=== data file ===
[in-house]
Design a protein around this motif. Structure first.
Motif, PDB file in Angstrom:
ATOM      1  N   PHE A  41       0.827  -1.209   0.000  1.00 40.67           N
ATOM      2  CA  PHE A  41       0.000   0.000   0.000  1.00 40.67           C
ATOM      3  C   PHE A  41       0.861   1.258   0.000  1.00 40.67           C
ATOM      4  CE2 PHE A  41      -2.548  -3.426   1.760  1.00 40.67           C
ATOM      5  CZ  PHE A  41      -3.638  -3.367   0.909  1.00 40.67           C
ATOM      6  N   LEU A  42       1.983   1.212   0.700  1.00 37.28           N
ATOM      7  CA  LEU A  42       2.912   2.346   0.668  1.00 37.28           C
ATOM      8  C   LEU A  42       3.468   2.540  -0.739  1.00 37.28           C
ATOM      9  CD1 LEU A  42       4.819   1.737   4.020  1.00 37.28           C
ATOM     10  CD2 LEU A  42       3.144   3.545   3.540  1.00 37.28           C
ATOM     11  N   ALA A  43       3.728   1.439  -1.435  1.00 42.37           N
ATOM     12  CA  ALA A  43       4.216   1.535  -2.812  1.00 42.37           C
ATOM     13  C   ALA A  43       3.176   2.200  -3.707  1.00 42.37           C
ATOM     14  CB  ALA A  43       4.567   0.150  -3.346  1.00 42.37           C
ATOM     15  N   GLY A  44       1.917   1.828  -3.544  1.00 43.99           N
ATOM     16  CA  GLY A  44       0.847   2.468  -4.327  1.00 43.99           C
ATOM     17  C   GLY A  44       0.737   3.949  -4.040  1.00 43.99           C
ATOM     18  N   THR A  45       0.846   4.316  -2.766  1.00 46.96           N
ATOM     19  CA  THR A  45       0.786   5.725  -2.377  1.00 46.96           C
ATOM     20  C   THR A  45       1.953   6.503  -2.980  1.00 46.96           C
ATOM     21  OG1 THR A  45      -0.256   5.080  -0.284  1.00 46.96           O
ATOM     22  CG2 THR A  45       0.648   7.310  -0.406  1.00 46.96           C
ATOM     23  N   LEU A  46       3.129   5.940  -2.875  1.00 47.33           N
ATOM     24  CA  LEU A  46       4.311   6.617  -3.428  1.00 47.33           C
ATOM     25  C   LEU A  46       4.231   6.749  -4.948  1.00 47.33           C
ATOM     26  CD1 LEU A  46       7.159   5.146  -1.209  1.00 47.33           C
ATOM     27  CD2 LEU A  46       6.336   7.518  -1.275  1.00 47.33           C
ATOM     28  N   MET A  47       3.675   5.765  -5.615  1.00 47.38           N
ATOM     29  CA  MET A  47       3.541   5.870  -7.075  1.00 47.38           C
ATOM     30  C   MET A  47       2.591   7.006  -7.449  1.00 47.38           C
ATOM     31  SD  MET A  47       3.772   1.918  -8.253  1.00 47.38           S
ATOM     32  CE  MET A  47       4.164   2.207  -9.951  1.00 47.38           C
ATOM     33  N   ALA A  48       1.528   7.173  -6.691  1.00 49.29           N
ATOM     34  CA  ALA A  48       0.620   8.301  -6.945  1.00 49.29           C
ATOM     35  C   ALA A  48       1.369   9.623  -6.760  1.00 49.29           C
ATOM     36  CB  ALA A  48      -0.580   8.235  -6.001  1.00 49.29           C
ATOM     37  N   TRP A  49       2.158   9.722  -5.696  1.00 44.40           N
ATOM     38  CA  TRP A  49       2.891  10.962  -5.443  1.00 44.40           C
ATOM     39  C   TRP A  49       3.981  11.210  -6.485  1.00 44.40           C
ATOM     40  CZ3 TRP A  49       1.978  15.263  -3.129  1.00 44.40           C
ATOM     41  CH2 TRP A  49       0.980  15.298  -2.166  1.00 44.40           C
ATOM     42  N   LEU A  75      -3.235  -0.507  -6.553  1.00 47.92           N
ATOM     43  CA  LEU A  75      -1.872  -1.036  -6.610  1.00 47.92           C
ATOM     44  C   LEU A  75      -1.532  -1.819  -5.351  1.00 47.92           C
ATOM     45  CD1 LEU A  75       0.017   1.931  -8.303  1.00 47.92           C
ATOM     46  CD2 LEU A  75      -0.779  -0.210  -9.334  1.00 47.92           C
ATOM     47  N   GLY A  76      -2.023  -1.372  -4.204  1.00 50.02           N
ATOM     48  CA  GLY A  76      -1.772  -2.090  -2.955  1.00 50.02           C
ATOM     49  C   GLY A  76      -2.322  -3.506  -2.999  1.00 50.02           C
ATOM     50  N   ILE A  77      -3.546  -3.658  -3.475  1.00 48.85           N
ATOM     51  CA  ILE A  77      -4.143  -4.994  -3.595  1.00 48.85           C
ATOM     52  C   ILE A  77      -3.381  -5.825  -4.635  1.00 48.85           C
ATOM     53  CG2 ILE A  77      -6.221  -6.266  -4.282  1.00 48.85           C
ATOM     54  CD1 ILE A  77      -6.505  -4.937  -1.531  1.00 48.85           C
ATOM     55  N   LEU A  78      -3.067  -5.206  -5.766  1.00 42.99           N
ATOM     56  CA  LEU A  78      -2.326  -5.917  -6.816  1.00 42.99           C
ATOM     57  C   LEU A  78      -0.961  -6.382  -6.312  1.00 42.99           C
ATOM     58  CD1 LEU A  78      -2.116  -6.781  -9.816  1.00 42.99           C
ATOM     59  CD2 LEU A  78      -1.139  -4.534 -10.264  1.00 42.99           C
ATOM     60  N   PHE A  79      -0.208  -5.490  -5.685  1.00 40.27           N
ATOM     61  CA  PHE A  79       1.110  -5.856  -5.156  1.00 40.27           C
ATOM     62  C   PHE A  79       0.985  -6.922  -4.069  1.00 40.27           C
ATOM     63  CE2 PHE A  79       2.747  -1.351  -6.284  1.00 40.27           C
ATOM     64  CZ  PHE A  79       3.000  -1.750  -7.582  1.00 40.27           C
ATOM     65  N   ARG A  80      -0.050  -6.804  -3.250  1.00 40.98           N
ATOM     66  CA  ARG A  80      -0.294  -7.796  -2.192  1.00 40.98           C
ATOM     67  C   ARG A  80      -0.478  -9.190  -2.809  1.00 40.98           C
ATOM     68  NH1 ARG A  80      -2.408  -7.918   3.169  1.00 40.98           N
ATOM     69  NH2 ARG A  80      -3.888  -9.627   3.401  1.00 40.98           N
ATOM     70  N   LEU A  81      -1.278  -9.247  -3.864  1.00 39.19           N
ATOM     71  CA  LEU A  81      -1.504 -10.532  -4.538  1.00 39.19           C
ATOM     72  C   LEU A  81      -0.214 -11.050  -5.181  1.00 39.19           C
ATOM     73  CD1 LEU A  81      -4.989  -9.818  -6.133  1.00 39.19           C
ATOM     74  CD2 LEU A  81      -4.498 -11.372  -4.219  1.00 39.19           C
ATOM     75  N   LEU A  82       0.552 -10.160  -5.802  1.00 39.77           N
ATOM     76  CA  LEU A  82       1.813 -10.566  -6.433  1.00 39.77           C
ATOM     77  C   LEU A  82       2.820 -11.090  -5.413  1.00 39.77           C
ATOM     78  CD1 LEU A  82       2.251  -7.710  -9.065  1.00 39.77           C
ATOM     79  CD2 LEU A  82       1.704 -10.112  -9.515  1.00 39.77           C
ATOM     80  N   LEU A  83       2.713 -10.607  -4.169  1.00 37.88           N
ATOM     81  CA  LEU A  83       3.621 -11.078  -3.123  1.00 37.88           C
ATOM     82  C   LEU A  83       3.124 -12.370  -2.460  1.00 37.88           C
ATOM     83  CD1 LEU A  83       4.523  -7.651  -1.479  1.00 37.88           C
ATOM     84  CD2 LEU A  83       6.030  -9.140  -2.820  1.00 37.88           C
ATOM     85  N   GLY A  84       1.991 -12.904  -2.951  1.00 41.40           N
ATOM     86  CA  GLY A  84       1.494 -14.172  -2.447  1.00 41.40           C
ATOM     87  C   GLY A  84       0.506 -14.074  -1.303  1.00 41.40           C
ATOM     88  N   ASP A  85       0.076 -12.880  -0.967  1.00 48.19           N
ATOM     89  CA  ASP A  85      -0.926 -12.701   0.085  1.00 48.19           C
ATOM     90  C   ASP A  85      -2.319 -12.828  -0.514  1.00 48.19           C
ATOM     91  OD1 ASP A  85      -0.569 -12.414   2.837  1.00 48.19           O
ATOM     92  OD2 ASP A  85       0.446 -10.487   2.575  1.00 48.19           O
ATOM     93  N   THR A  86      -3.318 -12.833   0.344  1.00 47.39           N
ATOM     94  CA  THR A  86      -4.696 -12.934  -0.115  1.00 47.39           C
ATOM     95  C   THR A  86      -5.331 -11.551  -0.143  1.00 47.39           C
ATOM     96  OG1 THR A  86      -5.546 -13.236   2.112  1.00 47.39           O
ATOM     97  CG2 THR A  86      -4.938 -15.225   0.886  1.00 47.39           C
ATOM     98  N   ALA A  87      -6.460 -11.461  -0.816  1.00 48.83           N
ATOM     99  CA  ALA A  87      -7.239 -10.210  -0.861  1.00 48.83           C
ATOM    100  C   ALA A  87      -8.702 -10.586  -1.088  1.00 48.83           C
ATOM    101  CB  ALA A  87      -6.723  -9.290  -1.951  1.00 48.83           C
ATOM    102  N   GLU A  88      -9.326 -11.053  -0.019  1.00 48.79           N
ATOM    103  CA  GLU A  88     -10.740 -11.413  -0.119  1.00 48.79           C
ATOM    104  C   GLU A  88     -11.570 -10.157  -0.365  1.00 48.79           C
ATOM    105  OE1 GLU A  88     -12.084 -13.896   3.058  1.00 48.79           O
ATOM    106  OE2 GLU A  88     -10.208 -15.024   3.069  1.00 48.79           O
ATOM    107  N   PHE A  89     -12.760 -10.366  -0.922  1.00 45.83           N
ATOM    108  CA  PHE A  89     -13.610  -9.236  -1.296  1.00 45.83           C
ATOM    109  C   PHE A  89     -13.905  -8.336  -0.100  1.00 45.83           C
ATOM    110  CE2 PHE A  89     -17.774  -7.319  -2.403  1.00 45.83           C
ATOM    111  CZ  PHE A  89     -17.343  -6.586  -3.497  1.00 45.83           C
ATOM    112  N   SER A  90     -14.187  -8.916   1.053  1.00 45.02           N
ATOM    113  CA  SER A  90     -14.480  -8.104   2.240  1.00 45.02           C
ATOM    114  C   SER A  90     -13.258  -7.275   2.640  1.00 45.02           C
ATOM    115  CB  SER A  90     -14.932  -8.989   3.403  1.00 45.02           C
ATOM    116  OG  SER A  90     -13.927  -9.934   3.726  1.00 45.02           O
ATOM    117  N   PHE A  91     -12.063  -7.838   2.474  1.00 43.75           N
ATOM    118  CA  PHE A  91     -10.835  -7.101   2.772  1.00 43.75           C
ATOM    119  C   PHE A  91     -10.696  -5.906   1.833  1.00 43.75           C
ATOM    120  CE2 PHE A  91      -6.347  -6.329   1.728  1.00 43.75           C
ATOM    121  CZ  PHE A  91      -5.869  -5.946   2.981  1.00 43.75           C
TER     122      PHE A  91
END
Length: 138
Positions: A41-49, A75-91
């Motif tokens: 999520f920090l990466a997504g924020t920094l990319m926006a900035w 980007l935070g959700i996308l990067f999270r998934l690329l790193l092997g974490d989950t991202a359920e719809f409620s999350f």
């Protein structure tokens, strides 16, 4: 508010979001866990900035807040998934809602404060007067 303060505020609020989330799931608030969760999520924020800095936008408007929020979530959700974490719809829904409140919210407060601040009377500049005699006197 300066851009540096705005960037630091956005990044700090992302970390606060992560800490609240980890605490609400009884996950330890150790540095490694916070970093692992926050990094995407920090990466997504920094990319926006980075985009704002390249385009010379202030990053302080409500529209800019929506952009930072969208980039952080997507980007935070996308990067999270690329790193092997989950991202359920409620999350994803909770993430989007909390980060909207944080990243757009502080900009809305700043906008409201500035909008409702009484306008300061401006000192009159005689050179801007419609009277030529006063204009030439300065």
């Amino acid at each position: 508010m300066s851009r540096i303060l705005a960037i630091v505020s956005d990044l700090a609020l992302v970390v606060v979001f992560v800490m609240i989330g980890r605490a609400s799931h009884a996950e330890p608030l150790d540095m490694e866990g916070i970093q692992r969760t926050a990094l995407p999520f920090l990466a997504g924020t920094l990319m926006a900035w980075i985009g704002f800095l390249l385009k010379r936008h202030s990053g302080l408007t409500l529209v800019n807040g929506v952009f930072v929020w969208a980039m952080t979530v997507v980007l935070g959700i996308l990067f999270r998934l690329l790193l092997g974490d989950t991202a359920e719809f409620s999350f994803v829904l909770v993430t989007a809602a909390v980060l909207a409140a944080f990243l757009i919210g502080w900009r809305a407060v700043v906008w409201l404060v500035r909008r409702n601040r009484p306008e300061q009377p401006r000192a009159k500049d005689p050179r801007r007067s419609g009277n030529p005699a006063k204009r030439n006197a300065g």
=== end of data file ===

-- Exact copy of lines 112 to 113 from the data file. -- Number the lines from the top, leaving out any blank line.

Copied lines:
ATOM    109  C   PHE A  89     -13.905  -8.336  -0.100  1.00 45.83           C
ATOM    110  CE2 PHE A  89     -17.774  -7.319  -2.403  1.00 45.83           C